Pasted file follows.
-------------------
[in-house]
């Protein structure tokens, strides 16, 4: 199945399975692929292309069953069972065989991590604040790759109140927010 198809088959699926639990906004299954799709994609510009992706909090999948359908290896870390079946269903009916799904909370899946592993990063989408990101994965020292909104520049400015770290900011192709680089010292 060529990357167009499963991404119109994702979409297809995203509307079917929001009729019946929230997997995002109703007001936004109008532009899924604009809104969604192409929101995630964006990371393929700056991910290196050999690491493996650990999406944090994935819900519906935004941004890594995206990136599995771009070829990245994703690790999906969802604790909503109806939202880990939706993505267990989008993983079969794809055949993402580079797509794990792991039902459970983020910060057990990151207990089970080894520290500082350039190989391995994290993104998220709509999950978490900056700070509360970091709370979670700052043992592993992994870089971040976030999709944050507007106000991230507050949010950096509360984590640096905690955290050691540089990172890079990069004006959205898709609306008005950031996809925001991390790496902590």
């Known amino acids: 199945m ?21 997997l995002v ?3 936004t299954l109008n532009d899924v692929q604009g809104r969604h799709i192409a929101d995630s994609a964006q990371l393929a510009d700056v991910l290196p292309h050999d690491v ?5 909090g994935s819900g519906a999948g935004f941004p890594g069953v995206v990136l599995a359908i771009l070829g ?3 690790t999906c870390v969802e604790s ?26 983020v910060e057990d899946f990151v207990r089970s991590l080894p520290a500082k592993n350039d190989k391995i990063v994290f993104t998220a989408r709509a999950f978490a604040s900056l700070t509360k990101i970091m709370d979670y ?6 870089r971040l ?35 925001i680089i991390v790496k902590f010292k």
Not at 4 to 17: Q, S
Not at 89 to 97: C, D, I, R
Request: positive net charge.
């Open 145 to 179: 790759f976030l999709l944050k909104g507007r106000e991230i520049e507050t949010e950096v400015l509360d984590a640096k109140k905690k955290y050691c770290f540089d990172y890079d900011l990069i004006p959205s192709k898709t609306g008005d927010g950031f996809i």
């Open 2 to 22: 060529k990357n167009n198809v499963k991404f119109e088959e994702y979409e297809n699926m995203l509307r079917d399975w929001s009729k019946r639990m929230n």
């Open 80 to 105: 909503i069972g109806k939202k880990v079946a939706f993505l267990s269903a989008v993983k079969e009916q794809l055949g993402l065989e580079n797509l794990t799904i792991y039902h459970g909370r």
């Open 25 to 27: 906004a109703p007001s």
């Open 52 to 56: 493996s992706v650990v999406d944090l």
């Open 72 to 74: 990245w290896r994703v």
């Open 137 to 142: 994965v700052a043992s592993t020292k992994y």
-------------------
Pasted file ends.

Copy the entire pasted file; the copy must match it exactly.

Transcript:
[in-house]
């Protein structure tokens, strides 16, 4: 199945399975692929292309069953069972065989991590604040790759109140927010 198809088959699926639990906004299954799709994609510009992706909090999948359908290896870390079946269903009916799904909370899946592993990063989408990101994965020292909104520049400015770290900011192709680089010292 060529990357167009499963991404119109994702979409297809995203509307079917929001009729019946929230997997995002109703007001936004109008532009899924604009809104969604192409929101995630964006990371393929700056991910290196050999690491493996650990999406944090994935819900519906935004941004890594995206990136599995771009070829990245994703690790999906969802604790909503109806939202880990939706993505267990989008993983079969794809055949993402580079797509794990792991039902459970983020910060057990990151207990089970080894520290500082350039190989391995994290993104998220709509999950978490900056700070509360970091709370979670700052043992592993992994870089971040976030999709944050507007106000991230507050949010950096509360984590640096905690955290050691540089990172890079990069004006959205898709609306008005950031996809925001991390790496902590």
């Known amino acids: 199945m ?21 997997l995002v ?3 936004t299954l109008n532009d899924v692929q604009g809104r969604h799709i192409a929101d995630s994609a964006q990371l393929a510009d700056v991910l290196p292309h050999d690491v ?5 909090g994935s819900g519906a999948g935004f941004p890594g069953v995206v990136l599995a359908i771009l070829g ?3 690790t999906c870390v969802e604790s ?26 983020v910060e057990d899946f990151v207990r089970s991590l080894p520290a500082k592993n350039d190989k391995i990063v994290f993104t998220a989408r709509a999950f978490a604040s900056l700070t509360k990101i970091m709370d979670y ?6 870089r971040l ?35 925001i680089i991390v790496k902590f010292k």
Not at 4 to 17: Q, S
Not at 89 to 97: C, D, I, R
Request: positive net charge.
């Open 145 to 179: 790759f976030l999709l944050k909104g507007r106000e991230i520049e507050t949010e950096v400015l509360d984590a640096k109140k905690k955290y050691c770290f540089d990172y890079d900011l990069i004006p959205s192709k898709t609306g008005d927010g950031f996809i």
């Open 2 to 22: 060529k990357n167009n198809v499963k991404f119109e088959e994702y979409e297809n699926m995203l509307r079917d399975w929001s009729k019946r639990m929230n």
């Open 80 to 105: 909503i069972g109806k939202k880990v079946a939706f993505l267990s269903a989008v993983k079969e009916q794809l055949g993402l065989e580079n797509l794990t799904i792991y039902h459970g909370r």
């Open 25 to 27: 906004a109703p007001s």
């Open 52 to 56: 493996s992706v650990v999406d944090l």
């Open 72 to 74: 990245w290896r994703v």
């Open 137 to 142: 994965v700052a043992s592993t020292k992994y």